Recently, Harrison Middle School students Andrew Diddens, Cole Gardner, John Kranz and Jonathan Saucedo have been preparing for a unique state competition.
They have been perfecting their windmill.
Last week, these students attended MESA's Wind Energy Challenge at Columbia Basin College in Pasco and walked away big winners.
High school and middle school students from across the region attended the competition and competed in a variety of categories that began with a windmill.
The students had to design a windmill that would lift a weight and pull a car. Windmills designed by high school students also had to power a generator.
While students from both Sunnyside middle schools and the high school took on the windmill challenge, it was Diddens, Gardner, Kranz and Saucedo who walked away with multiple wins and a chance to compete at state.
The boys' project won first place honors in the overall performance, as well as top honors for their poster, the paper challenge and oral presentation. Their technical paper won second place honors.
Gardner, Kranz and Saucedo are seventh graders, who participated in the challenge last year. Diddens joined their team this year and brought a windmill wing design that the other three boys picked up.
The wings are designed like a trapezoid and have a wide top and base, which helps with centrifugal force, said Kranz, and allows the windmill to spin faster.
The boys have added duct tape, sticks and washers since the competition to improve their windmill for the state competition. They want it to pick up more weight faster.
The local team has also been working on improving their technical paper.
This team says they've learned a lot about teamwork and design, and hope that will translate to a big win at the state competition in Seattle May 13-14.
Harrison sent five teams to the competition and, aside from the overall winning team, two other teams won some significant awards.
Rodrigo Orozco, Jose Hernandez, Adan Pallares and Isaac Ayala formed a team that placed second in a buoyancy competition. The boys built boats out of three sheets of foil and then slowly placed paper clips in the boat until it sank.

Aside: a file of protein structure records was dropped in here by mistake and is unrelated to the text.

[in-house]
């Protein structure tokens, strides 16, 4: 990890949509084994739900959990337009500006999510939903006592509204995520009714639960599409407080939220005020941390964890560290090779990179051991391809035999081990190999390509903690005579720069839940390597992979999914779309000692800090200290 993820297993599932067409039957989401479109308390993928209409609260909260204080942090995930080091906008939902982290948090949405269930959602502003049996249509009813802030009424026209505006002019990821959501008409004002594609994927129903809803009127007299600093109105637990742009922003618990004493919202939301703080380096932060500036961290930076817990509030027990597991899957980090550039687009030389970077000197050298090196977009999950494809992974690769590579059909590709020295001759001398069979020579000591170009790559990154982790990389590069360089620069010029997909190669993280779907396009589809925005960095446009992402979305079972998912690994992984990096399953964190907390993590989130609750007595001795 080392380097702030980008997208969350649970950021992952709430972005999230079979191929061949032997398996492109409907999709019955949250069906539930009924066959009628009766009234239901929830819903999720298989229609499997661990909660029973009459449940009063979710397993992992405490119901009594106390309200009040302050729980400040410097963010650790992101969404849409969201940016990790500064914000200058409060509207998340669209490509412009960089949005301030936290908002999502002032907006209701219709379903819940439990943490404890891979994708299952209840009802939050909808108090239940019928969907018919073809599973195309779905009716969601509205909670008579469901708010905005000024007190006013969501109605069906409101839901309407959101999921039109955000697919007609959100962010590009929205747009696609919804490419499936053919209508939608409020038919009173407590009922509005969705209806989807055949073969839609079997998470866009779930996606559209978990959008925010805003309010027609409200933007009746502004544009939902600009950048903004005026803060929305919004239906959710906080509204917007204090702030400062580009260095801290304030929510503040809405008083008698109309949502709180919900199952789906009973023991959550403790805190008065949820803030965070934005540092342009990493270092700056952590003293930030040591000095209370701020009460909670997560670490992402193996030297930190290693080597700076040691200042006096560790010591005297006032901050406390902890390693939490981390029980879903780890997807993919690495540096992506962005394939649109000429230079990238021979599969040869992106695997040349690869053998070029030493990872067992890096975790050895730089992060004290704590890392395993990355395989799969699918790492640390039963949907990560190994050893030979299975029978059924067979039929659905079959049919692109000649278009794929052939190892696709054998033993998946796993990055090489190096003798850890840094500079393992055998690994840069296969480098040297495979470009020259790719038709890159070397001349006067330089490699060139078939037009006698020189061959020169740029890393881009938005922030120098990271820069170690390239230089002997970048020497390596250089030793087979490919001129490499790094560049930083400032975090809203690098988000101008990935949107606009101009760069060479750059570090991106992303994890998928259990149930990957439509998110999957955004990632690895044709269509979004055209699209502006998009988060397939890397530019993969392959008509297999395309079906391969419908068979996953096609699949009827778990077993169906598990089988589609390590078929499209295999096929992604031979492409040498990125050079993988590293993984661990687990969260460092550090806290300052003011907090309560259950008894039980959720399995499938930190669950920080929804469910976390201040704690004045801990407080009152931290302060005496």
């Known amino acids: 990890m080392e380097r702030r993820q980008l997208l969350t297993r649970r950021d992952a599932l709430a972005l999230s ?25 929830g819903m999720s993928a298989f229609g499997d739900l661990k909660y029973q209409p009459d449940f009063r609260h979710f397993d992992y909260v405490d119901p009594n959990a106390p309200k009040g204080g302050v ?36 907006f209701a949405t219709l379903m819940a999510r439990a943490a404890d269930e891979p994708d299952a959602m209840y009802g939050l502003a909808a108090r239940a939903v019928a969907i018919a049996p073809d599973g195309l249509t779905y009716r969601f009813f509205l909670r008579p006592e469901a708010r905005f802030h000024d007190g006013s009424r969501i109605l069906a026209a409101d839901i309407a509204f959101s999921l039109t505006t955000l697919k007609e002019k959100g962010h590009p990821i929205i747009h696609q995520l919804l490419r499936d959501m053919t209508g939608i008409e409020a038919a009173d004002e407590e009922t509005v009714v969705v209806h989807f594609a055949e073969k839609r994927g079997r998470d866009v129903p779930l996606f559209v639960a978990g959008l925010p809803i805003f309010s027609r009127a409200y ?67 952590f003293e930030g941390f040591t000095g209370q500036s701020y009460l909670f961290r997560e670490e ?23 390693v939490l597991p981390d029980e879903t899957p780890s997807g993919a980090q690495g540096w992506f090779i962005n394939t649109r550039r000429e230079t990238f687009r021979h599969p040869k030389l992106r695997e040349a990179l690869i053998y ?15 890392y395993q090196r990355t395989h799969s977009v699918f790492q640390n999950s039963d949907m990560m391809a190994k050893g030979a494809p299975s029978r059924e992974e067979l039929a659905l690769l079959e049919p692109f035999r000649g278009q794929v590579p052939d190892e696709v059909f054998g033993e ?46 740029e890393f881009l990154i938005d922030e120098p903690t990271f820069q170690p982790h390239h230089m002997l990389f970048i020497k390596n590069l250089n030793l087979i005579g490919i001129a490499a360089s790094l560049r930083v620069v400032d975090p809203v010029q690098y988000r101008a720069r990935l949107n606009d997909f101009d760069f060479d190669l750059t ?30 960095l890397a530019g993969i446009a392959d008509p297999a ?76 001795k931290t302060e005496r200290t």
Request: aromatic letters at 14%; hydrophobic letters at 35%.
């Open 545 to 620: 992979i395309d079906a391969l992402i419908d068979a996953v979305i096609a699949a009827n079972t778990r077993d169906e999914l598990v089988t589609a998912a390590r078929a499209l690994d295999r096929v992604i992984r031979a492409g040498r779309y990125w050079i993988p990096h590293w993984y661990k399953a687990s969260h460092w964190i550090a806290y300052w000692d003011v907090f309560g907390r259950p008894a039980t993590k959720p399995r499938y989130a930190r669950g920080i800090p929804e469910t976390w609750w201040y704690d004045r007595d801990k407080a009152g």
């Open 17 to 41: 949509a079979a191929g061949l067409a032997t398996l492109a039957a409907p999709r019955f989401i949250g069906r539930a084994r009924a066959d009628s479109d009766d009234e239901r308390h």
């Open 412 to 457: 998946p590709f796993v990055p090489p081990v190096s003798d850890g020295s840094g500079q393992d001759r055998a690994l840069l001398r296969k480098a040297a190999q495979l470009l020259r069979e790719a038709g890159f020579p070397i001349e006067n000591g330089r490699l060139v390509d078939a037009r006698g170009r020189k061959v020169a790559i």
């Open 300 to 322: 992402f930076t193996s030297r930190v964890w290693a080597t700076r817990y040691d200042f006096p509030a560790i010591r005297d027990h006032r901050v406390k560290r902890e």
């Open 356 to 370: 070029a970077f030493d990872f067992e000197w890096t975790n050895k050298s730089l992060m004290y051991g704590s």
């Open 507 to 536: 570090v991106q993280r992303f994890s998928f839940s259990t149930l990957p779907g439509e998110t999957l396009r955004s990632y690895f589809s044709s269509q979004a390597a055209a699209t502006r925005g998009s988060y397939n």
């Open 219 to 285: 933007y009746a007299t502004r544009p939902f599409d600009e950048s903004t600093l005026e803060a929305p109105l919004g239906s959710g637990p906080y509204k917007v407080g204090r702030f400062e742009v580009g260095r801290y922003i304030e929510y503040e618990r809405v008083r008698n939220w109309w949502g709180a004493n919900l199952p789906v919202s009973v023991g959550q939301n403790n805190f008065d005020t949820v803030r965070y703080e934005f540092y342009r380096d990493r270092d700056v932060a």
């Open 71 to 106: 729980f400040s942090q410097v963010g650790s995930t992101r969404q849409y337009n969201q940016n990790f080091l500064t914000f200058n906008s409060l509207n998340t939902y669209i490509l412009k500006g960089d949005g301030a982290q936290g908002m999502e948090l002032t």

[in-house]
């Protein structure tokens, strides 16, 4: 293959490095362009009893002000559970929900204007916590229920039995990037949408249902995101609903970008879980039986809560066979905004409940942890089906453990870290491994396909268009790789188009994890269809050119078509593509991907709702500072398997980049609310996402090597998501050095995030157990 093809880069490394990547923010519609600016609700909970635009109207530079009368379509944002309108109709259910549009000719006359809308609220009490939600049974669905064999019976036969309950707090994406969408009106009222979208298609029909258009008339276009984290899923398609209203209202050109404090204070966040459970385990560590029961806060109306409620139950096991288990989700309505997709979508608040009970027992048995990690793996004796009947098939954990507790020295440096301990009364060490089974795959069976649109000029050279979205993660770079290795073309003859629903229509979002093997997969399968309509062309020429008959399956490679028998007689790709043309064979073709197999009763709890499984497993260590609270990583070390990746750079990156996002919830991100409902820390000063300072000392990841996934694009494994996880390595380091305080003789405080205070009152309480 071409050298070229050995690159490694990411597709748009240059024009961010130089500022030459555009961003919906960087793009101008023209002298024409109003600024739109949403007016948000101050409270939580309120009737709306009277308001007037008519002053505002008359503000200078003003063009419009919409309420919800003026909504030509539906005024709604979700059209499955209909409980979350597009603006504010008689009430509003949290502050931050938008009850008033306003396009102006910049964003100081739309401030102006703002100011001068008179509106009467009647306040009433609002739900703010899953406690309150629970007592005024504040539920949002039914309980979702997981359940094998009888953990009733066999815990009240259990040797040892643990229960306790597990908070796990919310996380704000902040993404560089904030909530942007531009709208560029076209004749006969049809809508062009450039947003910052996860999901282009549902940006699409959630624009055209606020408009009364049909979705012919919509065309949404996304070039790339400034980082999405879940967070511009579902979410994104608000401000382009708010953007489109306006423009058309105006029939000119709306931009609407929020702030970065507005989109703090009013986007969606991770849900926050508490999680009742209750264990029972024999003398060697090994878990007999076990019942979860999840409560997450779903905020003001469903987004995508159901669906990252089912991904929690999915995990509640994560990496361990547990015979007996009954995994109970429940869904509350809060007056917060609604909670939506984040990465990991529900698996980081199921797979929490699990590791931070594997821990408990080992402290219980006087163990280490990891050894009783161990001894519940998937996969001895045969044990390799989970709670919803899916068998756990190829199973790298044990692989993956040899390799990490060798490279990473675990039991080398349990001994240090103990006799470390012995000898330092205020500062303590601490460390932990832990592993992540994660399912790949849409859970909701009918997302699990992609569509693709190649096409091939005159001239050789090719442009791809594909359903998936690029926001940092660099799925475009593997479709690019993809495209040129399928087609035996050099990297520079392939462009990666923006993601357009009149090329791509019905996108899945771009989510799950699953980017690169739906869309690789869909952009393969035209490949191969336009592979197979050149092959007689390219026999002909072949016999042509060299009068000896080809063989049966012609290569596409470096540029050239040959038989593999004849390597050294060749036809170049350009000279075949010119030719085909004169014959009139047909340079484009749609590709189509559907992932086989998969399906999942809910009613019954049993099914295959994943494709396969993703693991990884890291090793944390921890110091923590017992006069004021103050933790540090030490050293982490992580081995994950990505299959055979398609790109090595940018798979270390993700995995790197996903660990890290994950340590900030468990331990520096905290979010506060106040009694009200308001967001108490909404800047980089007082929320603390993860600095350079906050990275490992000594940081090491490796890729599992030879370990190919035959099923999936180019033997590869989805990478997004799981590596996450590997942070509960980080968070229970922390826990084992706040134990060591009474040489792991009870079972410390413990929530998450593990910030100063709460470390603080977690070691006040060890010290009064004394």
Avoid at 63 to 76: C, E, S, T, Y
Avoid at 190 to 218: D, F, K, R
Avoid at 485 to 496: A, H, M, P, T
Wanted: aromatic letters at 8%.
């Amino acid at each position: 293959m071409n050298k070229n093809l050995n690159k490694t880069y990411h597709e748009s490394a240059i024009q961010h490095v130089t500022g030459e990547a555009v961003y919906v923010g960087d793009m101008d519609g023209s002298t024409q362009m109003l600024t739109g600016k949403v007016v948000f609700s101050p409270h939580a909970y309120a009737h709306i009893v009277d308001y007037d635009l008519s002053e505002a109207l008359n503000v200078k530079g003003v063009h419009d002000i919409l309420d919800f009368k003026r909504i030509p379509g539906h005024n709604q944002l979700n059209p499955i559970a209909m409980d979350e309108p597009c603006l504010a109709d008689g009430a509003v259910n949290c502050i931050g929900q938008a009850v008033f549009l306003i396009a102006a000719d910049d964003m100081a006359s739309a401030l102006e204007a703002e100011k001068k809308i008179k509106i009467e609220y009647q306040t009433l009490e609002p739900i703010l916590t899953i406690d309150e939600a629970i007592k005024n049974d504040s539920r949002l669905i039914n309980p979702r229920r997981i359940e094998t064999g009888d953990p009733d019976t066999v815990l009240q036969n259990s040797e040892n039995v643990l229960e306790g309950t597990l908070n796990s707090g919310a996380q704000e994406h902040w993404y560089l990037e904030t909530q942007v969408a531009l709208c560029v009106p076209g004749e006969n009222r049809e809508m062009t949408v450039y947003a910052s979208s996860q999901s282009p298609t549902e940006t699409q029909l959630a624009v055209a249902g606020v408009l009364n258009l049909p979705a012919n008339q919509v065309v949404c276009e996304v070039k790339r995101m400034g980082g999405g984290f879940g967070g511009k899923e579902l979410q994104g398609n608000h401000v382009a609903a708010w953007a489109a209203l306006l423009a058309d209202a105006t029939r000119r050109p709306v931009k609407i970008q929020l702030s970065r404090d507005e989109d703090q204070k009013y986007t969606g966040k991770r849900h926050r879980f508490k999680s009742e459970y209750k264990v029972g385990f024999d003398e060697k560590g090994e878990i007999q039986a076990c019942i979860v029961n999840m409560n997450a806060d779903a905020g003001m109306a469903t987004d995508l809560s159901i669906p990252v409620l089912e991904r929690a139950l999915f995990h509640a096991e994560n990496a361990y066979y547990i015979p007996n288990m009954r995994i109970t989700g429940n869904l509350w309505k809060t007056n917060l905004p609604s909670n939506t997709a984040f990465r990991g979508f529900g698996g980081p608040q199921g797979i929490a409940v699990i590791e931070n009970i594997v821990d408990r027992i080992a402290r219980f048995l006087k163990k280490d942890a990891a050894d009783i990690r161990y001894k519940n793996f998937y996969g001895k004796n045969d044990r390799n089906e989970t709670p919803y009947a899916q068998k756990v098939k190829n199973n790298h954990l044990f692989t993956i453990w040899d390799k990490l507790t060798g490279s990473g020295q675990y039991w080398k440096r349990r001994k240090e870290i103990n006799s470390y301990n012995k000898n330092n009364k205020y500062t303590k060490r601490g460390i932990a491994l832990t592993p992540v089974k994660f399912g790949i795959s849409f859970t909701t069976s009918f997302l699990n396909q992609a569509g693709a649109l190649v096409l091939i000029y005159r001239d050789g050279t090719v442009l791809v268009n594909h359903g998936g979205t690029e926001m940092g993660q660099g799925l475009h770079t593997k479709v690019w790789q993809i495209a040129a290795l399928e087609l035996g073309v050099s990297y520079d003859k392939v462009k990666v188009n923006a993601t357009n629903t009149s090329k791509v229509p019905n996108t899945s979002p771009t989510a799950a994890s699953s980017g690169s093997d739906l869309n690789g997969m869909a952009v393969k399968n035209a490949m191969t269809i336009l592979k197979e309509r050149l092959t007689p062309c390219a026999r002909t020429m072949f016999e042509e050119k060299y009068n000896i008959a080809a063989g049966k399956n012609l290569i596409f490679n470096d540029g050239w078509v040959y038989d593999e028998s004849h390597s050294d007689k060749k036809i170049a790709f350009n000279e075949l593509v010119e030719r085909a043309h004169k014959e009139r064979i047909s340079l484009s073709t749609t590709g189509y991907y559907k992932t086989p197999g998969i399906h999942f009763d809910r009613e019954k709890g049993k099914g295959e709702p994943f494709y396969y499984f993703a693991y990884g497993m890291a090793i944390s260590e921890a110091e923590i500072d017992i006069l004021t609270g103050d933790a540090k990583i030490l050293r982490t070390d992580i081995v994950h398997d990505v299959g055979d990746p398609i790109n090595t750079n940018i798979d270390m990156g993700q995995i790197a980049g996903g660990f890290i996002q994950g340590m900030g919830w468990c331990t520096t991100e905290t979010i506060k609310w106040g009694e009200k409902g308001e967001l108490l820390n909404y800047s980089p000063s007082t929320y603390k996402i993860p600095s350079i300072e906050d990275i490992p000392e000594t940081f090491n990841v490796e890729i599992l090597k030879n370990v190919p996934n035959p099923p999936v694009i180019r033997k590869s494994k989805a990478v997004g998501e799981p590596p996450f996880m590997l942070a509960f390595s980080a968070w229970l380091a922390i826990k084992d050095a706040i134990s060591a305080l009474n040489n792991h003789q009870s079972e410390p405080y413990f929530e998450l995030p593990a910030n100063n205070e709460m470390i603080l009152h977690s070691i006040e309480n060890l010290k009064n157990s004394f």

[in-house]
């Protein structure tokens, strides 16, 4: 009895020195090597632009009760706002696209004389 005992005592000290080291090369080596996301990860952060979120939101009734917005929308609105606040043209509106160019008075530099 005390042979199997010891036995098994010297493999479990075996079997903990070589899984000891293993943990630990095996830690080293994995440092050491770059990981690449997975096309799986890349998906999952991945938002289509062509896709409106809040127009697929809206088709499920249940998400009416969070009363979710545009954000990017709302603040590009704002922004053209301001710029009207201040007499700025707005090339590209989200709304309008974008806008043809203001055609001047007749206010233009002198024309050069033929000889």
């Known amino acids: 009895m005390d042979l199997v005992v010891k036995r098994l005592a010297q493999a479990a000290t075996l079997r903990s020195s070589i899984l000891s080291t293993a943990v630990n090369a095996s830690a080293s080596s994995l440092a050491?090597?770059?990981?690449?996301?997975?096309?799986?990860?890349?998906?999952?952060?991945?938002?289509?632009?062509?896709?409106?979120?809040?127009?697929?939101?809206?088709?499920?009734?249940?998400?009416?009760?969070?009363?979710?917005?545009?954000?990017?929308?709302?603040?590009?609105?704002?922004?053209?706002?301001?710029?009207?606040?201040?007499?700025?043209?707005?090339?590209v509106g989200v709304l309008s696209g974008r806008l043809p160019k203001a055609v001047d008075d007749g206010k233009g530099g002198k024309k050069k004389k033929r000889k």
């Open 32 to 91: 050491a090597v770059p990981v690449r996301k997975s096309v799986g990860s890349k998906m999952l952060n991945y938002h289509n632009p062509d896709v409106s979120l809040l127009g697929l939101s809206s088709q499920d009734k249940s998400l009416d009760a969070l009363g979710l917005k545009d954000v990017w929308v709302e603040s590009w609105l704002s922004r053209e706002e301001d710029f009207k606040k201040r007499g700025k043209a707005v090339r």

The boys placed 662 paper clips in the boat.
This team also earned third place honors for its technical paper.
But first place for the technical paper at the competition went to another Harrison Middle School team. This team, made up of Kim Calva, Nancy Casas, Natalie Oxley and Margarita Torres, also earned third place honors in the overall category.
Both teams are already preparing to return to the competition next year, taking with them some important lessons learned this year.
Calva says she wants to make the car go faster with next year's windmill. Their windmill also had problems with the weight lift, which pulled one of the windmill blades off and the girls had to race to reattach it.
The boys say they want to improve their technical paper and remember to keep the screws on their windmills loose. They say that during the car pull competition, the car stopped within two inches of the finish line because a screw tightened on the windmill and stopped pulling the car. They were disqualified, even though their car traveled really fast.
All the students say they learned a lot and had a lot of fun, but for now, they are cheering on Diddens, Gardner, Kranz and Saucedo, who will represent the Yakima and Tri-Cities regions against six other teams at state.
If the boys win the state competition, they'll have the chance to represent Washington at a national competition.